Writing



Hollering in Hawaii
(Based on a true story)

“Help! Help me!” I screamed, panicked, ready to say goodbye to my life. I was drowning in my own tears, and I felt like I was in a tricky situation for only being 11 years old. Feeling very faint, I fought hard to swim as many lumbered breaths came in and out. Besides the life under the sea, not a single soul seemed to be around. I was over the moon panicked by seeing a shark that I forgot to do the necessaries; breathe, swim, and stay with my family. One step at a time, my teeth chattered with fear and I knew that it’s going to be now or never. The water whistled as I kicked and punched in fury to get to the shore.

I felt as if I was stranded in my own head, like I was trapped in my revolving thoughts of doom, rather than the ocean surrounding me. As my muscles tensed and I saw a fin identical to a shark’s, I felt frustrated with myself to have even been put in this position. I’ve never been the fastest swimmer, but when I saw that shark, I swam faster than Michael Phelps. When I thought nothing could get worse, it started to shower droplets.  My snorkel got filled with water from the droplets falling from up above. I took my snorkel off, wrapped it around my wrist, and swam to shore, shredded everything in my way from the seaweed to the pollution. I finally gained enough courage to look back and stop swimming for what seemed like an infinity of hours.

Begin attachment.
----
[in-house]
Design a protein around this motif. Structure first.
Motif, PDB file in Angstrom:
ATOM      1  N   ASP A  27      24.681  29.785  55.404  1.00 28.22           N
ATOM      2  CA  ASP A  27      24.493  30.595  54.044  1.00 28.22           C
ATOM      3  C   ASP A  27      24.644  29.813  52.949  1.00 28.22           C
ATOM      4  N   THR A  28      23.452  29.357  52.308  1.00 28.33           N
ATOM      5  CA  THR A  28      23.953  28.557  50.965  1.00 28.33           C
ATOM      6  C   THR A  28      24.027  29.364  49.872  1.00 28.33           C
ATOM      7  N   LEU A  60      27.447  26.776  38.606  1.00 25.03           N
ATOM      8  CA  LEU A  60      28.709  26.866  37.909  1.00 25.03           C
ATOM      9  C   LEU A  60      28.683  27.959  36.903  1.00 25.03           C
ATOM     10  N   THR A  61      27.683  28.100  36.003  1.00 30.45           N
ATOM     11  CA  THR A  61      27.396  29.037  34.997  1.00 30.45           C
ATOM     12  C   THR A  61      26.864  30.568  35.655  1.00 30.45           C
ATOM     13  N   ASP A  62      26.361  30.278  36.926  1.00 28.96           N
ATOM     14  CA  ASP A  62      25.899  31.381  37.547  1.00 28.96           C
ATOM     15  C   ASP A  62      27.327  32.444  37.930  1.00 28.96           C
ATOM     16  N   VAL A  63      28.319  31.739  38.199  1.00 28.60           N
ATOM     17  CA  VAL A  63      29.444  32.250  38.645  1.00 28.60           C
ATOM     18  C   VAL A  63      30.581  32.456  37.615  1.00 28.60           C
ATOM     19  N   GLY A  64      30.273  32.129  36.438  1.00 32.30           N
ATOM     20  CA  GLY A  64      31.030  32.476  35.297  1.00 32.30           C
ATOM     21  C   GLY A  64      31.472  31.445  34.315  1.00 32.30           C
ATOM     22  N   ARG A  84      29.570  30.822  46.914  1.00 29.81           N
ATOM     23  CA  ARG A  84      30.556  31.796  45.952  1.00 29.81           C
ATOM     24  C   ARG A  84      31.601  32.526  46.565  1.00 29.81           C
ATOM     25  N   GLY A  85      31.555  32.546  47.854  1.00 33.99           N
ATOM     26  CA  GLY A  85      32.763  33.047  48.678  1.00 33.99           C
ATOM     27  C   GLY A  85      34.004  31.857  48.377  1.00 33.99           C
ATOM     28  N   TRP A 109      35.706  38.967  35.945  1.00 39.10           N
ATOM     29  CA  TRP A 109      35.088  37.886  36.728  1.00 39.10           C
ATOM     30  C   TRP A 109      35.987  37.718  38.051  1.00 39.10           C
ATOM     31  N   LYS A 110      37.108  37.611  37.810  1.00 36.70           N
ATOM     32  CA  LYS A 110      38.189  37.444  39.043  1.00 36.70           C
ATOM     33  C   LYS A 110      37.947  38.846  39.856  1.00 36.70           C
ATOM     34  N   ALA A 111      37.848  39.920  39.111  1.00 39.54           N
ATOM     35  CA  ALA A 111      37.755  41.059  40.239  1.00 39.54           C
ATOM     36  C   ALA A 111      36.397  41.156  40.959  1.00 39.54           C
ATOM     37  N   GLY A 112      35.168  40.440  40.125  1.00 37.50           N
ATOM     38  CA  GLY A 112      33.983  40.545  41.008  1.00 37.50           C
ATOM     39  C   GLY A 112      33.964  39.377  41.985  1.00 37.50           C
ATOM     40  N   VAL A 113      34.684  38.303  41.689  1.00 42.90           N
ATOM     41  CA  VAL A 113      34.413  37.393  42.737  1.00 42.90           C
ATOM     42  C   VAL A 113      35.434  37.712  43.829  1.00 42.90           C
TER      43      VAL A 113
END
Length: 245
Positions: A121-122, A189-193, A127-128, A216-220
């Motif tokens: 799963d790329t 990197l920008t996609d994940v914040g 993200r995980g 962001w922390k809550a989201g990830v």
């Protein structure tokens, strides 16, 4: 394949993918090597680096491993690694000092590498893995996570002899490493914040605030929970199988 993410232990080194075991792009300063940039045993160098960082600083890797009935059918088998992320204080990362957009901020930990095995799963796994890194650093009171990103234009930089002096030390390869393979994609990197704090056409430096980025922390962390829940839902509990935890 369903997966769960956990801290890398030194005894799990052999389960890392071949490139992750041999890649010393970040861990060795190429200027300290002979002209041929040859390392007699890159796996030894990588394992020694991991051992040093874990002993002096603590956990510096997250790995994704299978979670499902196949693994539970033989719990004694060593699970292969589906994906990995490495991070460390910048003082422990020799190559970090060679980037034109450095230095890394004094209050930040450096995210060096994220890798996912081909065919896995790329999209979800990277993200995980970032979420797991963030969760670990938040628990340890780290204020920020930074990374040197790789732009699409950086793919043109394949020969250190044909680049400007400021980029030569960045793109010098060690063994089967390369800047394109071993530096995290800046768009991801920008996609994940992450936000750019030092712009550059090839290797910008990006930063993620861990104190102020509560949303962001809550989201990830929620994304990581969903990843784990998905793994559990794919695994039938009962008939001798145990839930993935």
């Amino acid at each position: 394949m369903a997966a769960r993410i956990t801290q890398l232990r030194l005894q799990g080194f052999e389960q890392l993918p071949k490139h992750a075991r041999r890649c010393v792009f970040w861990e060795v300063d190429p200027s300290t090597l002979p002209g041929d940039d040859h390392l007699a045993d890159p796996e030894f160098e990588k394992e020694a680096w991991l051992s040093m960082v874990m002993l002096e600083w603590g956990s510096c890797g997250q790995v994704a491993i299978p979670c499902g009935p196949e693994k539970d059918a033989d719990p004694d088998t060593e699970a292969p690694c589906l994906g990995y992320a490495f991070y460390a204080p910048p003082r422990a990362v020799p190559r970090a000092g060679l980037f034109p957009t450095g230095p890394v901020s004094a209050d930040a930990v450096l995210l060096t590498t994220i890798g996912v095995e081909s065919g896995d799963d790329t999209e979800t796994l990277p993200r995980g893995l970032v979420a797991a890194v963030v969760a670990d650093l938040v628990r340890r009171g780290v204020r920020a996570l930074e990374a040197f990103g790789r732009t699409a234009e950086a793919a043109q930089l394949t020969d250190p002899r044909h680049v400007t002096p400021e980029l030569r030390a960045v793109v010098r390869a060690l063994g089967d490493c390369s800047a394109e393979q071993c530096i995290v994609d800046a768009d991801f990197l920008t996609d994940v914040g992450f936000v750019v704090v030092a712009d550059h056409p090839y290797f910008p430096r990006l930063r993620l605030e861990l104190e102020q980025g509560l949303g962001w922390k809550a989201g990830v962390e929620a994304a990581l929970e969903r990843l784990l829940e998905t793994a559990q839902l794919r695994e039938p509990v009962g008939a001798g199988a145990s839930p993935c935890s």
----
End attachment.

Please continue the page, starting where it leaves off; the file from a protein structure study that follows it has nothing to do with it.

“Yes!” I cheered. No more sharks followed me. “Oh no,” I sighed and realized I swam the opposite direction of where my family was the last time I saw them. As I was making my way to shore, I finally saw people. The tide picked up, and I scuttled to the hot, dry sand. “Ouch,” I thought to myself. I scraped my knee on a rock climbing out of the ocean. Joy filled through me because I realized that I was running to where my parents were and found my mom and brother sitting there, screaming. I felt like a toddler; tripping over my own feet in joy of seeing my parents.
“Alexa, Alexa!” I heard my mom screaming from the distance.
“I’m right here mom!” I screamed.
She ran toward me and lunged into a bear hug.
“We thought we lost you!” She whispered in my ear.
“I thought I was a goner too,” I said sarcastically, trying to lighten the mood. “Where’s dad?” I asked concerned.
“He’s in the ocean looking for you. Scott! Scott! We have Alexa!” Spoke my mom and brother in unison. My dad came running up and hugged me.
“I really thought we lost you but thankfully you found your way back,”
exclaimed my dad. My dad’s face was as predictable as a burglar on trial; trying to keep in the fact that he’s terror-stricken. We left after I dried off, and no one really talked about the crazy incident that happened to be the scariest moment of my life.


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